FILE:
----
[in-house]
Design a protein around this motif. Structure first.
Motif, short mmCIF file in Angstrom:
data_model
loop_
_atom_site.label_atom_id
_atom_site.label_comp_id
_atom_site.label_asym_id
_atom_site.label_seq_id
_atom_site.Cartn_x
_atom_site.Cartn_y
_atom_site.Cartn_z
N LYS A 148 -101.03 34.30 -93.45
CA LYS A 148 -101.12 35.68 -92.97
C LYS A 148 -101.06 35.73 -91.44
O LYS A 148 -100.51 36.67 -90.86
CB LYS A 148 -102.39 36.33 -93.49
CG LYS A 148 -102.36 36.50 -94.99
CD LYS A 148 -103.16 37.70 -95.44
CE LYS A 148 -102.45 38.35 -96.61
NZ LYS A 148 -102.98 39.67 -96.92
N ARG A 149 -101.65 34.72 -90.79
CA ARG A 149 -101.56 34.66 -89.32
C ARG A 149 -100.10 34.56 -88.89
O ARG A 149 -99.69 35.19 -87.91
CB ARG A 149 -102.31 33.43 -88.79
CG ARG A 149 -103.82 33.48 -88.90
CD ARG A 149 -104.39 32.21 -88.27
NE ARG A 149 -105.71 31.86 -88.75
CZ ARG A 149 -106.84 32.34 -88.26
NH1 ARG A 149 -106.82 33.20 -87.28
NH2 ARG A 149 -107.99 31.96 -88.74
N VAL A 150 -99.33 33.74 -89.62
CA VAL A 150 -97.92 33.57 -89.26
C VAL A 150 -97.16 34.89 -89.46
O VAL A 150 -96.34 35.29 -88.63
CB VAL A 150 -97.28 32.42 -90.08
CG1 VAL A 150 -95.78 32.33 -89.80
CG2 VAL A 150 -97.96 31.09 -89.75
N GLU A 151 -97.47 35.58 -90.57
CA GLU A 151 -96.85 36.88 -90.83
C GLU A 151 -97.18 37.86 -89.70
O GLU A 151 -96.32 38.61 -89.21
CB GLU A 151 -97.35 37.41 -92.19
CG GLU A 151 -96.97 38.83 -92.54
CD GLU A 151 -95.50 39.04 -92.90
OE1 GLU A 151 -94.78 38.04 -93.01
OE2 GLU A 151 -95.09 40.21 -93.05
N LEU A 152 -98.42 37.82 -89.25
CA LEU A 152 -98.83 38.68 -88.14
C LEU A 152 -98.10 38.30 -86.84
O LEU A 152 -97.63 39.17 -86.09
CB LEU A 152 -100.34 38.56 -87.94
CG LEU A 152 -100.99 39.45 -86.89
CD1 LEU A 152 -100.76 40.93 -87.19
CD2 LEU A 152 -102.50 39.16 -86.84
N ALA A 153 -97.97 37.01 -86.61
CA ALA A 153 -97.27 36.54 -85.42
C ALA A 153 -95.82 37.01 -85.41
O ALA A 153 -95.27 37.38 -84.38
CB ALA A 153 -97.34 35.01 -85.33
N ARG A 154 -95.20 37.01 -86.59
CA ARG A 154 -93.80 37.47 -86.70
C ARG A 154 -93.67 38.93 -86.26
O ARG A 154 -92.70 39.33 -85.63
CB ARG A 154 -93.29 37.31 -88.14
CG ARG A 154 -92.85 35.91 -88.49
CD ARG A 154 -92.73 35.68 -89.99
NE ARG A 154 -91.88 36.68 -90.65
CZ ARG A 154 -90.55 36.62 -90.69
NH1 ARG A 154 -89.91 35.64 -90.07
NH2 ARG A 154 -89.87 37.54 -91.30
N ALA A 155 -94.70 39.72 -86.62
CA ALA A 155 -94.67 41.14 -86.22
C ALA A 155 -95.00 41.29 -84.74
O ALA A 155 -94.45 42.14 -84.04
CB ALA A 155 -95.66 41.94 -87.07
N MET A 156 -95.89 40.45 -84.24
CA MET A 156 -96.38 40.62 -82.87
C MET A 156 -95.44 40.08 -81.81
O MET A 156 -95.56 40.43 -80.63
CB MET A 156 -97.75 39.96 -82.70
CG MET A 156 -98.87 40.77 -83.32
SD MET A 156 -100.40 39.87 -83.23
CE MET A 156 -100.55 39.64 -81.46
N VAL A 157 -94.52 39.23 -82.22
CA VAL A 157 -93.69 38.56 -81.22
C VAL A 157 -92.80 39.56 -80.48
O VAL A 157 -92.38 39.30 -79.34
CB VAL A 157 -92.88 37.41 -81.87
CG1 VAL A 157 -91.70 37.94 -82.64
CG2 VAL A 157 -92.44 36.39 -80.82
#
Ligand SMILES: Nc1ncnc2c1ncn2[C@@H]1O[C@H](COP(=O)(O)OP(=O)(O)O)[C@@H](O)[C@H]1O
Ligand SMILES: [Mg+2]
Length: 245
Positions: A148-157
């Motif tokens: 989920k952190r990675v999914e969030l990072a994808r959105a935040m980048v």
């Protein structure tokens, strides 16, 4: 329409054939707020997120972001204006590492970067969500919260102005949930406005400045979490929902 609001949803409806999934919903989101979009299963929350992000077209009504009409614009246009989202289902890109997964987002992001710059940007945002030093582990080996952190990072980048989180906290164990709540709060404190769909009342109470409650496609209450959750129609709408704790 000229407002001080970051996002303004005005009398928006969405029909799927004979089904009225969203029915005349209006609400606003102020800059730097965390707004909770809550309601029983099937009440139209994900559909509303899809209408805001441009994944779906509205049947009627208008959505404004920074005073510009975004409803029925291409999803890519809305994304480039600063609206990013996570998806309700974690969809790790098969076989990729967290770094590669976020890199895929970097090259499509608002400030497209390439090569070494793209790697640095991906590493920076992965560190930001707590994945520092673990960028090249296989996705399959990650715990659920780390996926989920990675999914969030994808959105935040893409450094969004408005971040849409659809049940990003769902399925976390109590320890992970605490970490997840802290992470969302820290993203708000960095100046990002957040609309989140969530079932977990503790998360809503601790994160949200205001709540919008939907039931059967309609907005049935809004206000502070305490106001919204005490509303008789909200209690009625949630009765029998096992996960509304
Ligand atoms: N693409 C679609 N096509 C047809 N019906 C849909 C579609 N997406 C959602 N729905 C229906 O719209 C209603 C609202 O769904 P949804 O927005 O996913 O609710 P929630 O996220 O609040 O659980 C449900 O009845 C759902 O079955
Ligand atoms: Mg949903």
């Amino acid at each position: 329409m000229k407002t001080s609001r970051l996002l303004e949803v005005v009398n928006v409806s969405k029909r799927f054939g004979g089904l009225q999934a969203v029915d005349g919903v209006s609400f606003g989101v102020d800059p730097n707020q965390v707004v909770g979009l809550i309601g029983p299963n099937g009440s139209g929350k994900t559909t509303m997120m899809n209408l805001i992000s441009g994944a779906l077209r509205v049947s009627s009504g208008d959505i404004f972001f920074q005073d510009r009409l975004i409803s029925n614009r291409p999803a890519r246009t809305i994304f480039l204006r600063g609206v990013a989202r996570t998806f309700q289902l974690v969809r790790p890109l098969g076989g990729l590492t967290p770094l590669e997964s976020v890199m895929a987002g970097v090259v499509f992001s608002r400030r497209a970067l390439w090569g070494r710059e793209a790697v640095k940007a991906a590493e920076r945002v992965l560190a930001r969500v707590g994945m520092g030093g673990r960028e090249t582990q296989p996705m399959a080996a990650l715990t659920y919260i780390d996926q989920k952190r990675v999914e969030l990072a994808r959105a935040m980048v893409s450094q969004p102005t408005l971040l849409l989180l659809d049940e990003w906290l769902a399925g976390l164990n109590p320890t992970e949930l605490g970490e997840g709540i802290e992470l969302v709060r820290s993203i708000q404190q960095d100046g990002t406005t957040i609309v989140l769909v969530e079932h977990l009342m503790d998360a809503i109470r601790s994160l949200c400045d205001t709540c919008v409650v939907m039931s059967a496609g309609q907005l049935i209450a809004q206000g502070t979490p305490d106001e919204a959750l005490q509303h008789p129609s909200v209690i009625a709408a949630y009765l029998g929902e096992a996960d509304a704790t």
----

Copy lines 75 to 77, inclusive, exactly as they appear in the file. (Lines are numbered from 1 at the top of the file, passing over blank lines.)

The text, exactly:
C ALA A 155 -95.00 41.29 -84.74
O ALA A 155 -94.45 42.14 -84.04
CB ALA A 155 -95.66 41.94 -87.07